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Discussion Starter #1
Review your Reeds!

The rules:
No comments allowed, only reviews;
One reed per post;
Follow the outlined format.

The purpose of this thread is for everyone to see what people think of different reeds. It is important not to make any comments other than reviews. Thanks.

Here is the format:

REED TITLE (SPECIFY SAX TYPE)

STRENGTH

CONSISTENCY

BREAK-IN PROCESS (IF ANY)

RESPONSE

TONAL/DYNAMIC FLEXIBILITY

LIFETIME

OTHER

***Special thanks to Jazz House for his help in the creation of this thread!***
 

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- REED TITLE: Hahn reed (regular model, new material) Soprano, Alto, Tenor
- STRENGTH: 2.5 (tenor) 2 (alto) 3 (soprano)
- CONSISTENCY: 100% every reed perform as expected
- BREAK-IN PROCESS: No break in process
- RESPONSE: Very responsive
- TONAL/DYNAMIC FLEXIBILITY: Very flexible
- LIFETIME: 6/12 months depending how intensive I play them
- OTHER: These reeds sound very woody for me but some people could find them to be edgy. That's all about tonal flexibility, once you play Hahns for a while you'll be able to sound like you want.
 

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Discussion Starter #3
VANDOREN JAVA RED (ALTO)

STRENGTH: 3

CONSISTENCY: these reeds are usually quite consistent, far more so then the ZZ's or Java Greens. They are usually two or three in a box that are lacking in strength, projection or response.

BREAK IN PROCESS: I run them under tap water until wet enough for playing. Sometimes, to "microadjust" the resistence, I rub them with my thumb after it's on the mouthpiece. (Core to tip to minimize resistance, tip to core to maximize it.)

Response: The response of these reeds can be a tad slow at times, but with practice, I've found that I can get over that fairly easily. The altissimo register is fantastic with these reeds, and it seems to be consistent throughout the rest of the horn. Subtoning is fairly challenging on these reeds, i'm still practicing that.

TONAL/DYNAMIC FLEXIBILITY: These reeds tend to be on the bright side, so I avoid them for classical playing, and prefer them for jazz (sometimes) and funk/hiphop. They aren't the loudest reeds that I've played, and playing quietly with a darker tone is a challenge as well, but can be done. They are very smooth, and the least ''woody'' reeds i've ever played.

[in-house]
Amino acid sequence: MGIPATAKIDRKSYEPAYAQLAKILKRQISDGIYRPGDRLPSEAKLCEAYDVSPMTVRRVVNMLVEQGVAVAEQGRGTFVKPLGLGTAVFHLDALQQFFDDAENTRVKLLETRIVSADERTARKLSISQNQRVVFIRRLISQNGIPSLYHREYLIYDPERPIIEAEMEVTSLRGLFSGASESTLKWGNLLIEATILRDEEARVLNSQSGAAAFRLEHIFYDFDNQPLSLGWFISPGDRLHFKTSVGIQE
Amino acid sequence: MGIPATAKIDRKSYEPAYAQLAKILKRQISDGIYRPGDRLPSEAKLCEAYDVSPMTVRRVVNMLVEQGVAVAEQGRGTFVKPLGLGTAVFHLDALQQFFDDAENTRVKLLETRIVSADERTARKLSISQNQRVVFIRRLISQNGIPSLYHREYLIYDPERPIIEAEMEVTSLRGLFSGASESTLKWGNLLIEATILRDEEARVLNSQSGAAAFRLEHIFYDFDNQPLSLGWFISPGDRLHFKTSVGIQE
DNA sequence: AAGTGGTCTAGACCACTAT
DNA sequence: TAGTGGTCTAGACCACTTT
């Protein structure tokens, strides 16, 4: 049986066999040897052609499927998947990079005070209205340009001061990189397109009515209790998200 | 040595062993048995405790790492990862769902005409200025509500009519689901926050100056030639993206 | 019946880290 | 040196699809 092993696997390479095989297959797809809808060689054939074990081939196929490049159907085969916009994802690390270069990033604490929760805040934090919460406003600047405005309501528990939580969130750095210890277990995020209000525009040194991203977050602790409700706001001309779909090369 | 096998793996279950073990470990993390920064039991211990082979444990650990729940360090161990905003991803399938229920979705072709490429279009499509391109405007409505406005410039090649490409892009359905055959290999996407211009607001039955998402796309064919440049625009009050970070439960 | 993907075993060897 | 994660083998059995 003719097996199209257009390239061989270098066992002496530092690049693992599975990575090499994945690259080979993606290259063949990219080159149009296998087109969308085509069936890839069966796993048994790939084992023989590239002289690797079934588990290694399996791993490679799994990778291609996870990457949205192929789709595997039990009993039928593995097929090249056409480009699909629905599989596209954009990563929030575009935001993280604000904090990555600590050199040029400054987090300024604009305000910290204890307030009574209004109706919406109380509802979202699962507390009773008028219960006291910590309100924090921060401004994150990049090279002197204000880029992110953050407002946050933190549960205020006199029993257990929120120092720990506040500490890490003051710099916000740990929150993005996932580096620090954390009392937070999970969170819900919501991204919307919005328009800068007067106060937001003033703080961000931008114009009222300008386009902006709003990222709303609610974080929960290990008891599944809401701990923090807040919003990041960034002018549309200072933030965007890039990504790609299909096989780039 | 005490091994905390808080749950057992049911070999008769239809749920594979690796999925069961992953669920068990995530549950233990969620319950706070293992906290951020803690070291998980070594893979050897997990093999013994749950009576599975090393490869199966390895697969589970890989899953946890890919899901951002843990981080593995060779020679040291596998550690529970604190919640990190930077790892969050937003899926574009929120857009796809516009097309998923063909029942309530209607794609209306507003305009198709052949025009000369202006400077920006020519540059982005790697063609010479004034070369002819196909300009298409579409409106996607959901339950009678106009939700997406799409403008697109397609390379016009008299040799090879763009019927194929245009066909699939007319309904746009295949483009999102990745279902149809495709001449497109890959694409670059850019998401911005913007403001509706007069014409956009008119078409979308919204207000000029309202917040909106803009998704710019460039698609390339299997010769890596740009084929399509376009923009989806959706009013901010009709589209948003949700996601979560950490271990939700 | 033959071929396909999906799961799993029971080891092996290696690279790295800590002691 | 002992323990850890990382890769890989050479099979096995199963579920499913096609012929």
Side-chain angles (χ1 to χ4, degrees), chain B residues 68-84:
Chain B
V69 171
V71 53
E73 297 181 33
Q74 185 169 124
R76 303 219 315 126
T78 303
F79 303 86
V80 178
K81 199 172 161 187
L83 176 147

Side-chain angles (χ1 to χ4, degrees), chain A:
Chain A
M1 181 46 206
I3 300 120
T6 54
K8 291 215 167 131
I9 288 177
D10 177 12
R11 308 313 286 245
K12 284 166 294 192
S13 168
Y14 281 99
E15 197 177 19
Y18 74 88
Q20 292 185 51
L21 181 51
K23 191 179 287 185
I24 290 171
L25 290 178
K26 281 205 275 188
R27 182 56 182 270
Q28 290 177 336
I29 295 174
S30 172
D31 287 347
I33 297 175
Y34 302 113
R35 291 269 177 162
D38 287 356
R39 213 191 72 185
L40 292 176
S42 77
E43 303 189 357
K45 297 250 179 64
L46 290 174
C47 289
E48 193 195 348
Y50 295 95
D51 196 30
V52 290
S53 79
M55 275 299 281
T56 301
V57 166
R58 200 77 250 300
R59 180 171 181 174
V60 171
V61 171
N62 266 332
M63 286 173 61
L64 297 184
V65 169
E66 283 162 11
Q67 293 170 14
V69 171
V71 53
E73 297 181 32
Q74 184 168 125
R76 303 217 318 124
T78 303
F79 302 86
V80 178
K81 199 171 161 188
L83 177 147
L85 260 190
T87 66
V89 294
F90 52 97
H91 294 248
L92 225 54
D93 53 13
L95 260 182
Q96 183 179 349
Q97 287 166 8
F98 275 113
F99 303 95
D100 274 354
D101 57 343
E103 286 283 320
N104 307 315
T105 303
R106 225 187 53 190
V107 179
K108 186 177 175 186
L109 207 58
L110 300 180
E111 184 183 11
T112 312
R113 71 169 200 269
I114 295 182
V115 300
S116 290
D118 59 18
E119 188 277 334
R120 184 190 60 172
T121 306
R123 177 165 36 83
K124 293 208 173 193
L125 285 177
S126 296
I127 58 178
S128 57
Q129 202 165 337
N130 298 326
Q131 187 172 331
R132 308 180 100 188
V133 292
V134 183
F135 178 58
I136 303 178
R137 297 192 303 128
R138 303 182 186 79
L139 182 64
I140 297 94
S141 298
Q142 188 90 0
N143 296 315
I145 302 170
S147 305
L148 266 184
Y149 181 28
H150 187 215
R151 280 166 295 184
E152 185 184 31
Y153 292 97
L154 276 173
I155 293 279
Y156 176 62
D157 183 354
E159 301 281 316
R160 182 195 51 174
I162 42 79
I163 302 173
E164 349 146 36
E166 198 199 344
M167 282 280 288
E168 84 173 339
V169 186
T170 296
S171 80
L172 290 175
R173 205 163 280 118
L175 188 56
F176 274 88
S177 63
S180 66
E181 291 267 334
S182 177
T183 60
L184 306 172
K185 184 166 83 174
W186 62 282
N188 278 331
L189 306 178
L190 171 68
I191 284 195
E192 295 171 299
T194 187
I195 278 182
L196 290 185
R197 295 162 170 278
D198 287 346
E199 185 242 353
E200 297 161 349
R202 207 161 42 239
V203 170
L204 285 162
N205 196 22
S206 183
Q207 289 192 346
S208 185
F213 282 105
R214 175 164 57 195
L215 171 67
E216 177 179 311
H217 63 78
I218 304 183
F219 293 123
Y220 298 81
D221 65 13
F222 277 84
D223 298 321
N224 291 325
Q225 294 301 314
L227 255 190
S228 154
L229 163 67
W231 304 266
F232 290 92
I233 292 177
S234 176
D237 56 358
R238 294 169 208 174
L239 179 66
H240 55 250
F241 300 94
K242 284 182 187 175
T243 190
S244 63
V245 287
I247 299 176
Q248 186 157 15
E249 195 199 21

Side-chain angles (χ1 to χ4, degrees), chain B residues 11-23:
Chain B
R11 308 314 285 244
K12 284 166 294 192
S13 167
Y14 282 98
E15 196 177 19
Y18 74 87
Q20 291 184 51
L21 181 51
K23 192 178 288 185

LIFETIME: If used exclusively, about one to two weeks before they're shot. After about a week they become more dull and less vibrant. However, I use my reeds on a cycle, which seems to make them last longer.

OTHER: These are the most consistent reeds I've played in the Vandoren line, and I'm pretty happy with them for that. I've been playing these reeds almost exclusively for 6 months and liking it.
 

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Discussion Starter #4
VANDOREN V16 (TENOR)

STRENGTH: 3

CONSISTENCY: I'm not impressed with the consistency of these reeds at all. They all seem to be fairly consistent in terms of strength, but they can be very dark to very bright, stuffy and dull to buzzy and annoying. However, oddly enough, I'm okay with that. I can usually adjust them, and that also means that I have one box of reeds that can suit all the genres that I play. I can sort them out and use the darker ones for jazz and the brighter ones for funk/hiphop. It works out.

BREAK IN PROCESS: It depends on the reed. If they're too buzzy then I soak them for 1-2 hours in water. If they're too stiff then I just play on them as a practice reed until they're broken in enough to use as a gig reed. In the most extreme cases, I soak them in 40% vodka for anywhere up to six hours.

RESPONSE: The response is, for the most part spot on, although it's a bit tougher in the higher register. They are fantastic in the extreme altissimo. Subtone is easy.

TONAL/DYNAMIC FLEXIBILITY: Like I said before, they're pretty inconsistent, so the tone varies quite a bit. As for dynamics, these reeds are the best-projecting reeds I've played on, and can get quite loud.

LIFETIME: These reeds are very long lasting, and can go up to a month before they're unusable, and a good 2-3 weeks before they lose their initial properties.